Fig. 7.
Fig. 7.

Time series of diurnal composite rainfall (mm day−1) averaged over Taiwan for (top) UNDIST and (bottom) DIST from INTERP and QPESUMS. First numbers in parentheses are maximum values and second are samples per day.

Citation: Monthly Weather Review 141, 11; 10.1175/MWR-D-12-00301.1

Afternoon rainfall in QPESUMS is doubled during DIST (Fig. 7, bottom), with rainfall observed throughout the day. QPESUMS rainfall intensifies around noontime, similar to UNDIST, likely reflecting the onset of deep convection. The absence of nighttime and morning rainfall in INTERP seems dubious. Evidence suggests that the magnitudes of mean Q1 and Q2 in INTERP may have slight errors owing to difficulties in sampling the complex orographically enhanced gradients in temperature and moisture across the CMR (where there are little data; Fig. 1) and between Taiwan and the surrounding region. In particular, horizontal gradients in s and q along the coastal plain are not well represented owing to the lack of sounding data over the interior of Taiwan, such that terrain-induced subsidence warming and drying are not offset by horizontal advection (M. Toy 2012, personal communication). However, INTERP properly captures the diurnal rainfall evolution. Three-hourly sampling during this period provides more detailed diurnal structure. Morning intensification of and peak rainfall occur slightly earlier than in QPESUMS (roughly one time step in INTERP). This bias may be related to water storage in developing clouds, which would be reflected as rainfall in the moisture budget (McNab and Betts 1978; Johnson 1980).

a. Undisturbed period (UNDIST): 22–29 May 2008

The flow is predominant southwesterly during UNDIST, according to a map of UNDIST mean surface streamlines and QPESUMS and TRMM rainfall (Fig. 8); however, there is an area of diffluence and confluence upstream and downstream of Taiwan, respectively, related to flow blocking by Taiwan (section 1). A mean upstream sounding for UNDIST from Dongsha Island (location indicated in Fig. 8; sounding not shown) indicates that Fr ~ 0.3 in the 700–950-hPa layer, with layer-mean flow U ~ 8 m s−1; thus, the low-level ambient flow is blocked by Taiwan. Consistent with a blocked-flow regime, rainfall is maximized upstream of the terrain peaks (i.e., along the coastal plains and lower CMR slopes) and along and offshore of the northwestern coast (Hughes et al. 2009). There is very little rainfall southwest of Taiwan. With regard to the area of TRMM rainfall east of Taiwan, which is barely hinted at by QPESUMS, there are neither upper-air data nor other observations to verify its existence; hence, it will not be discussed in this study.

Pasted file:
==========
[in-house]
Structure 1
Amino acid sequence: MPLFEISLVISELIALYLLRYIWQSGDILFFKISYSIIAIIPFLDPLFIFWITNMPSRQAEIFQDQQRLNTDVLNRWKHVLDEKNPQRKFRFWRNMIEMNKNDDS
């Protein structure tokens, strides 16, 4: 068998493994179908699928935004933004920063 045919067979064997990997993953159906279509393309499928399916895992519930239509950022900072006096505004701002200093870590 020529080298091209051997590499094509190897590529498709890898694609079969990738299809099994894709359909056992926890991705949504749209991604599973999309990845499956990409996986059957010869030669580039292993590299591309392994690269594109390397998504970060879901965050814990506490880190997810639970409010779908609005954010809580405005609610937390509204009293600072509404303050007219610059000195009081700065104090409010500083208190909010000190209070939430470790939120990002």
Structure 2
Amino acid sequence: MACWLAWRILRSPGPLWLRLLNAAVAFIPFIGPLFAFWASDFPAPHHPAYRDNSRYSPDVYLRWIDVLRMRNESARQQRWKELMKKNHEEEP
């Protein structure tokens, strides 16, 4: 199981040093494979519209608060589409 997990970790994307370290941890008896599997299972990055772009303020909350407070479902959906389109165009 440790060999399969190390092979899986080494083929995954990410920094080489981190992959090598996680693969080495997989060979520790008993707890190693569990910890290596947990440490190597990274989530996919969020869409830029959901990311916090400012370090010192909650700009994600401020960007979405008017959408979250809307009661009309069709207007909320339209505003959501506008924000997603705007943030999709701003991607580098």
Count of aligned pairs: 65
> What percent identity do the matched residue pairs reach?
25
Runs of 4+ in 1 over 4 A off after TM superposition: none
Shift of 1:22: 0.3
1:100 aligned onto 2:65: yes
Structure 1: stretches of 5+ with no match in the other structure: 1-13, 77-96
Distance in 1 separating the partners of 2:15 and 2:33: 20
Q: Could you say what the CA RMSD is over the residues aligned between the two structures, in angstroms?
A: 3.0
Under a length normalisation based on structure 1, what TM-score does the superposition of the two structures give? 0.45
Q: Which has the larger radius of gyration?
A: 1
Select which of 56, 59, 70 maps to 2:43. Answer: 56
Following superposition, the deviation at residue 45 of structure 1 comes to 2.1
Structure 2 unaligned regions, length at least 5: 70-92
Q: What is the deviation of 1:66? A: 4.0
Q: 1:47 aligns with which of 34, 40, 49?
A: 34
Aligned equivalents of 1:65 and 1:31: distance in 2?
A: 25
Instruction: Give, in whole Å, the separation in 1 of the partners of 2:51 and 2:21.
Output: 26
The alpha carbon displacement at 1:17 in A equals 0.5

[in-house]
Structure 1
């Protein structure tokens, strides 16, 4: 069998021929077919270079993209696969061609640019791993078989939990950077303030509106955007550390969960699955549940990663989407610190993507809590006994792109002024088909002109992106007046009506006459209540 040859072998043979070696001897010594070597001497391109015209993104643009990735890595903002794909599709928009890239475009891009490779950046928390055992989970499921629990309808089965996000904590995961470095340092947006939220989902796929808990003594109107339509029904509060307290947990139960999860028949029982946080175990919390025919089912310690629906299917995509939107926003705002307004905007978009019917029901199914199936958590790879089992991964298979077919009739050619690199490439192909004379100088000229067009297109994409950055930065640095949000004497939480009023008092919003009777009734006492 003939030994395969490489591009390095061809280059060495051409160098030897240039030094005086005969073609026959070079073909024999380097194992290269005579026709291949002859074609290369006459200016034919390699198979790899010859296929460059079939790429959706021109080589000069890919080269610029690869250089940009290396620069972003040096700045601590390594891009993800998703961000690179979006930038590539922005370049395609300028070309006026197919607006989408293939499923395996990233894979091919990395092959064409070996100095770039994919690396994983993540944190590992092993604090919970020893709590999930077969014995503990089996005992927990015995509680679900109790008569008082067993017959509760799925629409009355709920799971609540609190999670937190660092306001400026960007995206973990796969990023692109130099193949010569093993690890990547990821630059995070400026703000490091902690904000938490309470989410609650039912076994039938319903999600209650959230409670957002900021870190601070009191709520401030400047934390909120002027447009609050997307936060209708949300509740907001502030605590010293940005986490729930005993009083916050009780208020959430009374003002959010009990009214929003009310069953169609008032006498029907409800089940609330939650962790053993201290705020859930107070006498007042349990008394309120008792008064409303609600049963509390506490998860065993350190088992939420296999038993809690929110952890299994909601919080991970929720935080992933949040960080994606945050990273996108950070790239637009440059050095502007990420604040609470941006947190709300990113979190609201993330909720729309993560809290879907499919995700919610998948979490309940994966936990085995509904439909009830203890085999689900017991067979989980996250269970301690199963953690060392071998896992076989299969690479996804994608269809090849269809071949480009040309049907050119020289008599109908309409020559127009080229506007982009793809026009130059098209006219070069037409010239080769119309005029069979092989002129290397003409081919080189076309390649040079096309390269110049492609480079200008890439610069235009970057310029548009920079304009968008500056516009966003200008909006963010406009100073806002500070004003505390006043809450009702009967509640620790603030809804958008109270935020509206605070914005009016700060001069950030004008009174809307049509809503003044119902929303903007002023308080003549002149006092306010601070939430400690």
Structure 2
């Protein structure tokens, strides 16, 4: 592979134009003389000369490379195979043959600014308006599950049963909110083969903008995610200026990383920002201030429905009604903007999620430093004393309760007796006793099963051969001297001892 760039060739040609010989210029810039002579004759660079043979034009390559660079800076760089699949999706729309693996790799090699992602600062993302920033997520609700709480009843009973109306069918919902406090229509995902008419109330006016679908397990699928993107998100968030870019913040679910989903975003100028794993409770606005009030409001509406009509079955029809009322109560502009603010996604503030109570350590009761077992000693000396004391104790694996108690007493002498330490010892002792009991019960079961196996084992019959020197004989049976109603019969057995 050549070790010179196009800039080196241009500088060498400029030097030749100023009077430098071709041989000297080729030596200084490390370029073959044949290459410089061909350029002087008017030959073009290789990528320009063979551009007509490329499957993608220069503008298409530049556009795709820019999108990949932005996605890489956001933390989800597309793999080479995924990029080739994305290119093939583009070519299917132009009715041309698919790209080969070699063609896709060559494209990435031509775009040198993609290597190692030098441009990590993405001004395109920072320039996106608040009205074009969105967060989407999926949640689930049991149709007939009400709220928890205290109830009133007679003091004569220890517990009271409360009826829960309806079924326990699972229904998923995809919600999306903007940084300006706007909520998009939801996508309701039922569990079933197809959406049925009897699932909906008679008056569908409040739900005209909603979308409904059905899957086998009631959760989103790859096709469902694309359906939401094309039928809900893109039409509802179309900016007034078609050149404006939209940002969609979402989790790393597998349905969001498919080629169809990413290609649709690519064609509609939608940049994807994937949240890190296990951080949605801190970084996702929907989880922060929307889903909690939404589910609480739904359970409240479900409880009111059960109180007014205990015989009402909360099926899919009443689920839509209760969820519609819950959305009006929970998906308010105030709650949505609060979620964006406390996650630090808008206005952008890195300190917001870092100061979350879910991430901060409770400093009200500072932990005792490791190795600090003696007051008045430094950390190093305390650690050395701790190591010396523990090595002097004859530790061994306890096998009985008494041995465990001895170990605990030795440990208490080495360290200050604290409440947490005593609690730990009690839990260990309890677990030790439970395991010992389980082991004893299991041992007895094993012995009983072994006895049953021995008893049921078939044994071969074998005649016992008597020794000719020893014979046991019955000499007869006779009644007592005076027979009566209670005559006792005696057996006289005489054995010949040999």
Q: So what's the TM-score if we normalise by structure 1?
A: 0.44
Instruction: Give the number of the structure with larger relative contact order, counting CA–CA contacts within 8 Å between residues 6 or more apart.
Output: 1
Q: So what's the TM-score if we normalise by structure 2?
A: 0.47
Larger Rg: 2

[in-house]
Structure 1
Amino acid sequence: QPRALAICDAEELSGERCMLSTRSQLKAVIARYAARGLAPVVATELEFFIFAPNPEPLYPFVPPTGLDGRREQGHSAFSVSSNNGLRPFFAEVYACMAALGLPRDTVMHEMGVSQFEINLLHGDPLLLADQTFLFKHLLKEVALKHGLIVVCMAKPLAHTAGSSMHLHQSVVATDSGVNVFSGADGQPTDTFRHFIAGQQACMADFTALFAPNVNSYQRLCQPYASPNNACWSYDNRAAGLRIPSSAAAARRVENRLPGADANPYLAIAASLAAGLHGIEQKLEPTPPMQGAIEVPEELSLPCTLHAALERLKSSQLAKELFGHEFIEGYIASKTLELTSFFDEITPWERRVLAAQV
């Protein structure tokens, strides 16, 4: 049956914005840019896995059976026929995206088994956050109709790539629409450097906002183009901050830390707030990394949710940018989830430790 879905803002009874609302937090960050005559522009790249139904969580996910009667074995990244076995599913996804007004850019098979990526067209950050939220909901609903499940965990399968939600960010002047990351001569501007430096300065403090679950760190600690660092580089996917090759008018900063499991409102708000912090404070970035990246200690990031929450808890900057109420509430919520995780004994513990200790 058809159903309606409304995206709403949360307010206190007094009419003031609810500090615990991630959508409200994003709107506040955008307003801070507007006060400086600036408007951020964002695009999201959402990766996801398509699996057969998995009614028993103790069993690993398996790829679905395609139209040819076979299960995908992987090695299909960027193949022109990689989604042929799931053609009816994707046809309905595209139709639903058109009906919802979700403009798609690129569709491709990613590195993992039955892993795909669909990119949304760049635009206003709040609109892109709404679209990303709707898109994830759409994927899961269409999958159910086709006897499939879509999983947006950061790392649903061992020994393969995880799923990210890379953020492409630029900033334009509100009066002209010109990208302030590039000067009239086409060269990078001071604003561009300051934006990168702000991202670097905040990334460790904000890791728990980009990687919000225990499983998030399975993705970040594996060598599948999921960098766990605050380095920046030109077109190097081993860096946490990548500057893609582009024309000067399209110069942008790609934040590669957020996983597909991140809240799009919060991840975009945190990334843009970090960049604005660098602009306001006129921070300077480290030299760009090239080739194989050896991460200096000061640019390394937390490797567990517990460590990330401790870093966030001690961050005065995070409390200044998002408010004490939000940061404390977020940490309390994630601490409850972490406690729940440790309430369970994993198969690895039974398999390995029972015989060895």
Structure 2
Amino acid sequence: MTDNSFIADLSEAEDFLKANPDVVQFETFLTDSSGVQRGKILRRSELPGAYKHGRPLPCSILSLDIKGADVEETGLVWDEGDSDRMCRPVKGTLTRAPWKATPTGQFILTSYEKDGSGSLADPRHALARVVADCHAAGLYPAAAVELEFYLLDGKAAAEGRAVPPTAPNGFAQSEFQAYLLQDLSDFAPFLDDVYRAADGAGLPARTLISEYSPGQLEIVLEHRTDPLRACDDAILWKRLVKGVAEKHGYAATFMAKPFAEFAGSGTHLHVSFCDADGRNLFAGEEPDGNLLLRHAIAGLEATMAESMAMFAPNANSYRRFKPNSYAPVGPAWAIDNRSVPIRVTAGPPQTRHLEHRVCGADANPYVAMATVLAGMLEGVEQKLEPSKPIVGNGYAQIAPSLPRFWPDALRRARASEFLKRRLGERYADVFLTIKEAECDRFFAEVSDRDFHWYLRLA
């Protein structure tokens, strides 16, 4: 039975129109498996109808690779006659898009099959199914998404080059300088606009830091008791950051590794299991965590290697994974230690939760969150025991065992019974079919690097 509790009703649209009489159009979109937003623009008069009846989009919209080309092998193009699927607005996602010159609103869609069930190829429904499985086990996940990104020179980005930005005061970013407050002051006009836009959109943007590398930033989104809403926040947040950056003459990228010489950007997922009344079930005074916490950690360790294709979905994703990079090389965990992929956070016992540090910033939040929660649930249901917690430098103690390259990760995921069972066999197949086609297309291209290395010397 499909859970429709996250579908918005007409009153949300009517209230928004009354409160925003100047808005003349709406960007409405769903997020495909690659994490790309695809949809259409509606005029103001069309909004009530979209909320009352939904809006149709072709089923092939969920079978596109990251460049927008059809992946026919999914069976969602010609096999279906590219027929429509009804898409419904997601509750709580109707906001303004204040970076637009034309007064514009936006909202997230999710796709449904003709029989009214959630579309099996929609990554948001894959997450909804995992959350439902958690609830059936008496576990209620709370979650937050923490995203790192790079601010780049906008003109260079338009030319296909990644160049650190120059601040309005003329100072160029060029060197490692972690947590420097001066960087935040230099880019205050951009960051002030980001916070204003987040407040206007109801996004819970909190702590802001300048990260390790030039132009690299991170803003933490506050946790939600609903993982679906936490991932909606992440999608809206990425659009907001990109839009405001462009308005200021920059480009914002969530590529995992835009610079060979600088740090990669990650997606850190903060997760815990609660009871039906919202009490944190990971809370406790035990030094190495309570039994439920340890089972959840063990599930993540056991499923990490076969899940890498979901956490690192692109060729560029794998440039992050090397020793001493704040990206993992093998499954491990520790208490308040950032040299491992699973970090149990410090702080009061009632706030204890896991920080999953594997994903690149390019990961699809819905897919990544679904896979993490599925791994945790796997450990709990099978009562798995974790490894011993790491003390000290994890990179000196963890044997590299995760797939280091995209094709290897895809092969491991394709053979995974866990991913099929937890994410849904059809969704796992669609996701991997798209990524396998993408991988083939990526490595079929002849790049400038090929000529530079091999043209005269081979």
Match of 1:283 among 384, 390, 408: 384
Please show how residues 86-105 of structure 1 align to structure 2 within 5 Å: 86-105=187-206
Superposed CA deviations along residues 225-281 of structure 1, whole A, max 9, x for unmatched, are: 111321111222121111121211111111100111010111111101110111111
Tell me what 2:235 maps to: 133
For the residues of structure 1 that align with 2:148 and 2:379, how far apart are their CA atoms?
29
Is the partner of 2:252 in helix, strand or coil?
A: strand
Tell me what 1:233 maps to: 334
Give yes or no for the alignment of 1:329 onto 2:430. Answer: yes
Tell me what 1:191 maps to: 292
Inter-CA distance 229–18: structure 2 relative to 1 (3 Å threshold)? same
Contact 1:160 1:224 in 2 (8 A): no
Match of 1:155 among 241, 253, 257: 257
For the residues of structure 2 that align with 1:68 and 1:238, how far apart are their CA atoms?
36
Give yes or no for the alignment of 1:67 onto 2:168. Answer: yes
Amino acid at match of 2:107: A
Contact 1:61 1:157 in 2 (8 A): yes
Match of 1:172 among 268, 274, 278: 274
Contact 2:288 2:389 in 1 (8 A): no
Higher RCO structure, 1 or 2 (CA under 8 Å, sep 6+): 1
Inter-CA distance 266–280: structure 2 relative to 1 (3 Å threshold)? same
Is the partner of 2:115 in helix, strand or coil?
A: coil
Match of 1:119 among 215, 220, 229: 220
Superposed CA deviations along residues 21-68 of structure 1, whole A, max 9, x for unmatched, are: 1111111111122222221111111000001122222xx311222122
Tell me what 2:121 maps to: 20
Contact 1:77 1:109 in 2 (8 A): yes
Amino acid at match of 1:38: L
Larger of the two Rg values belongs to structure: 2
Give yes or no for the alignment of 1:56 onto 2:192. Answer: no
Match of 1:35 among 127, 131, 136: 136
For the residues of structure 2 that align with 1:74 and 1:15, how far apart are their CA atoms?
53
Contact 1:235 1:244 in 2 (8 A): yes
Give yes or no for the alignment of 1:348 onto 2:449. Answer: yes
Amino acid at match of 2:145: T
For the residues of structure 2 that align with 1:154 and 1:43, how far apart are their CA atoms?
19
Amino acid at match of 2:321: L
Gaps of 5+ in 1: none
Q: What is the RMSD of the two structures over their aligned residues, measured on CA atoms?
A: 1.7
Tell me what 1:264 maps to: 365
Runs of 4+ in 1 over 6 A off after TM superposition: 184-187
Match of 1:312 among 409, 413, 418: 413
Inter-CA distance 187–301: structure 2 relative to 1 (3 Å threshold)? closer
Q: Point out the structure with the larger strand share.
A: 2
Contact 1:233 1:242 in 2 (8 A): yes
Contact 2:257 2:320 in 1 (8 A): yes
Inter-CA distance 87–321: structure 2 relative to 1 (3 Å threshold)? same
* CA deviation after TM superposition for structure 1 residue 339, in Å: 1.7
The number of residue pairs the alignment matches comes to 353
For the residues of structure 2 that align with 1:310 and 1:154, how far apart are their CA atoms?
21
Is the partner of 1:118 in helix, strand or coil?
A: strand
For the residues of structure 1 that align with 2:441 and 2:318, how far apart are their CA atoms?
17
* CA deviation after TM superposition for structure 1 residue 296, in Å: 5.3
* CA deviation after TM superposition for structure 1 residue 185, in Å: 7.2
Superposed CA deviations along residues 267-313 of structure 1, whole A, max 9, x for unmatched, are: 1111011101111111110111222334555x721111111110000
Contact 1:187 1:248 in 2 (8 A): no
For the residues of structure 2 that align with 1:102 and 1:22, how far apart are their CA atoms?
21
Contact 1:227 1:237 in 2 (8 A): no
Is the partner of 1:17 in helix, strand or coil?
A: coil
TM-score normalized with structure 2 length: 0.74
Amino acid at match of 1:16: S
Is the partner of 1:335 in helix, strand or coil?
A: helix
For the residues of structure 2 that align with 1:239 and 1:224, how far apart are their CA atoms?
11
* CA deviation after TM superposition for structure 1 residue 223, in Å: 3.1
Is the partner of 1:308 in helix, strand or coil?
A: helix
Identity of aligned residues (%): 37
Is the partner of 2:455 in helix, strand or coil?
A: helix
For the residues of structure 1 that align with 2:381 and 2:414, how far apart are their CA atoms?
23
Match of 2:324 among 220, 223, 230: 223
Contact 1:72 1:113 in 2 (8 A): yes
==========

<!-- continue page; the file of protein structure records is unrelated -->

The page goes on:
Fig. 8.
Fig. 8.

UNDIST mean surface streamlines from INTERP (mean and maximum domain wind speed values provided at bottom) and rainfall (mm day−1). QPESUMS rainfall is shaded (color scale at right), and TRMM rainfall is contoured at 5, 20, and 35 mm day−1 inside of the QPESUMS domain (gray rectangle) and shaded surrounding it. The red crisscross (×) marks the Dongsha Island sounding station. Terrain is gray shaded as in Fig. 1.

Citation: Monthly Weather Review 141, 11; 10.1175/MWR-D-12-00301.1

Figure 9 presents maps of UNDIST diurnal composite rainfall (3 hourly) and surface flow patterns (6 hourly). Diurnal surface flow anomalies (Fig. 9a) are generated by removing the UNDIST mean from the diurnal composites (Fig. 9b). The diurnal flow anomalies demonstrate a pronounced reversal over Taiwan's slopes and over the Taiwan Strait, which reflects the oscillating LSB and MV circulations (Fig. 6). The flows retaining the composite mean (Fig. 9b) demonstrate how this evolution manifests in the low-Fr ambient flow. From 0200 to 0800 LT, streamlines are diverted around Taiwan, with enhanced streamline confluence in the Taiwan Strait in connection with nocturnal downslope and offshore flows in Taiwan and China (Fig. 9a). At 0500 LT (near sunrise), coastal rainbands can be noted around the island, with a marked example near northwestern-coastal Taiwan (Fig. 9a). This pronounced rainband resembles the orographically enhanced convective rainbands often observed southeast of Taiwan (Yu and Jou 2005; Alpers et al. 2007; Yu and Lin 2008) and the arc-shaped rainband observed in the blocked trade wind flow upstream of the Big Island of Hawaii (Smolarkiewicz et al. 1988). From 0500 to 1100 LT, showers move onshore and increase in coverage over Taiwan as anomalous downslope and offshore flows weaken (Fig. 9a). By 1400 LT, there is pronounced anomalous onshore and upslope flow (Fig. 9a) and rainfall has increased in intensity and coverage over the coastal plains and windward slopes, reflecting the development of deep convection (Kishtawal and Krishnamurti 2001). Whereas the southwesterly streamlines bow slightly around Taiwan during the morning and overnight, they are directed inland and traverse the CMR at 1400 LT (Fig. 9b). Rainfall coverage increases further by 1700 LT. By 2000 LT, the rainfall has substantially dissipated, and the flow has returned to downslope (Fig. 9b). Rainfall is organized in close alignment with the Taiwan coast at 2300 LT (Fig. 9a), suggesting the development of land-breeze fronts.